Emu Australia

"Major emu migrations occur about one year in seven

"The southward movement of tens of thousands of emus in certain seasons is one of Australia's greatest examples of wildlife migration

The Emus’ migration routes are also influenced by climate. As they can find more food in humid regions the birds wander always to places were rain was falling down recently. It’s not yet clear how Emus orientate themselves and can detect rain from several hundred kilometers away. Researchers believe this is a combination of sighting distant rain cloud formations, smelling rain, and hearing the far-off sound of thunder from distances the human ear cannot.

In Western.Australia, the 100-year-old fence, now called the State Barrier Fence, is the longest manmade structure in the state and is visible from space. It runs for 1170km through the state's southwest, from the Zuytdorp cliffs north of Kalbarri to east of Ravensthorpe.
Originally erected to keep rabbits from spreading westward, the fence is undergoing a multi-million dollar upgrade to protect more agricultural lands in the southwest from 'pest' species, including wild dogs, dingos, emus and kangaroos. It includes major plans for a new barrier, up to 700km long, through pristine woodlands leading down to Esperance, and $5 million has been put aside for that.

Viv Read, invasive species director for WA's agriculture department, says the plan is a response to the region's farmers, who complain of a rising incidence of wild dog attacks and crop damage from flocks of emus. "Extending the fence is a non-lethal way of controlling vermin and the alternative is baiting, shooting or trapping.
"The primary purpose and major benefit of the State Barrier Fence is to minimise emu impact on cropping areas," Viv says. "Major emu migrations occur about one year in seven


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Whitsunday Islands

The Whitsundays 74 Island Wonders, located in the heart of the Great Barrier Reef, on the tropical coast of Queensland, Australia.
with the area being one of the most popular yachting destinations in the Southern Hemisphere.
Explore from the bow of a sailboat… cruise through the islands and drop anchor for a quick snorkel and wake up to a sunrise over world famous Whitehaven Beach. Or enjoy the spoils of a mainland resort with Coral Sea views at Airlie Beach, yet another 74 island wonder.

The Whitsunday Islands are a collection of continental islands of various sizes off the central coast of Queensland, Australia, situated between just south of Bowen and to the north of Mackay, some 900 kilometres (560 mi) north of Brisbane.
The island group is centred on Whitsunday Island, while the group's commercial centre is Hamilton Island.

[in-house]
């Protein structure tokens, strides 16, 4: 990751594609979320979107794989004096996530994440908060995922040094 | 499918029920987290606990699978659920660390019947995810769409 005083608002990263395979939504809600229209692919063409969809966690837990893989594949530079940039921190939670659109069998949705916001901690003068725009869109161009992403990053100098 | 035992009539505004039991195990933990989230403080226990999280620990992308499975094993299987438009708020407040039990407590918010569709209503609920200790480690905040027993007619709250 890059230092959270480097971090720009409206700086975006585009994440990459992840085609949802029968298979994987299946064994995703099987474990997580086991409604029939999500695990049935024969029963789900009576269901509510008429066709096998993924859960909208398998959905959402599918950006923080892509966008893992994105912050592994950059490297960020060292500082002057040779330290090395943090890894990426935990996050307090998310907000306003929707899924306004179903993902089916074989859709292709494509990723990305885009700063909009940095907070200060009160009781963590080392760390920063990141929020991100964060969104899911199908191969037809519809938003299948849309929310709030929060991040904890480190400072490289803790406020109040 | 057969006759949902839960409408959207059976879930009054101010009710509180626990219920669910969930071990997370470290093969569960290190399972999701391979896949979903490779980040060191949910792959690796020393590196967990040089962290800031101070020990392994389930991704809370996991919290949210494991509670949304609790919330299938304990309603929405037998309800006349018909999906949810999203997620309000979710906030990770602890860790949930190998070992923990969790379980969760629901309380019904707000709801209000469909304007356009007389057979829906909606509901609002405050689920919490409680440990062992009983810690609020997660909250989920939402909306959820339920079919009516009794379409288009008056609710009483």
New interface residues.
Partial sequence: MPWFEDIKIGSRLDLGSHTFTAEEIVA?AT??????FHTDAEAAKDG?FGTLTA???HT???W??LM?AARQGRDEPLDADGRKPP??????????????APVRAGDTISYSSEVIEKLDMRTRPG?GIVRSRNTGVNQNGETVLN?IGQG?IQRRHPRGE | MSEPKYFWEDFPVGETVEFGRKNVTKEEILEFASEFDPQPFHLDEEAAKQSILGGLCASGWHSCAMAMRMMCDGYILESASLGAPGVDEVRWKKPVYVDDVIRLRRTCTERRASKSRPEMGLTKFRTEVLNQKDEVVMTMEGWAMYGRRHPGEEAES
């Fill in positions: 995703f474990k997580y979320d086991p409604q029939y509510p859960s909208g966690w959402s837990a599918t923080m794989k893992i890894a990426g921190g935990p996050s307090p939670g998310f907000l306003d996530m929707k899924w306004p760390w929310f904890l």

The traditional owners of the area are the Ngaro People and the Gia People (Birri Gubba Language Group), the Juru Clan of which has the only recognised Native Title in the Region

Racial Discrimination in Australia


The Racial Discrimination Act 1975 (RDA) is a statute passed by the Australian Parliament during the Prime Ministership of Labor Gough Whitlam.

The RDA makes racial discrimination unlawful in Australia.

All across Australia, there are people and organisations doing great things to reduce and prevent racism. Many schools, students and teachers have already demonstrated their commitment to countering racism through their involvement in developing and implementing anti-racism education initiatives.

The Racism. It Stops with Me campaign isn’t about reinventing the wheel: they want to learn from past achievements and challenges. Their consultations have told them that it’s often the people working on the ground within local communities or specific environments who have the best understanding of the issues and ideas of how to overcome them. They believe that the most effective way to make a difference in the incidence of racism is to encourage and coordinate these efforts.
Over the next three years, we will:

  • Ask organisations to commit to the campaign and develop their own anti-racism activities
  • Ask individuals to become part of a community of people who are committed to leading by example
  • Offer advice and assistance to supporters in implementing their anti-racism activities
  • Provide a central coordination point for activities happening across Australia
  • Develop materials to assist in the promotion of anti-racism messages
  • Develop education tools for a range of audiences
  • Share good practice examples for others to learn from and build on
  • Facilitate linkages and partnerships between our supporter organisations.
By doing this, we hope to create a culture where people are able to identify racism and have the confidence and tools to act appropriately when it does occur. 

New Anti-Hate Spray puts the power of hate removal in your hands. Specifically formulated to combat racism, homophobia and any other discrimination, Anti-Hate Spray will leave your community clean and hate free.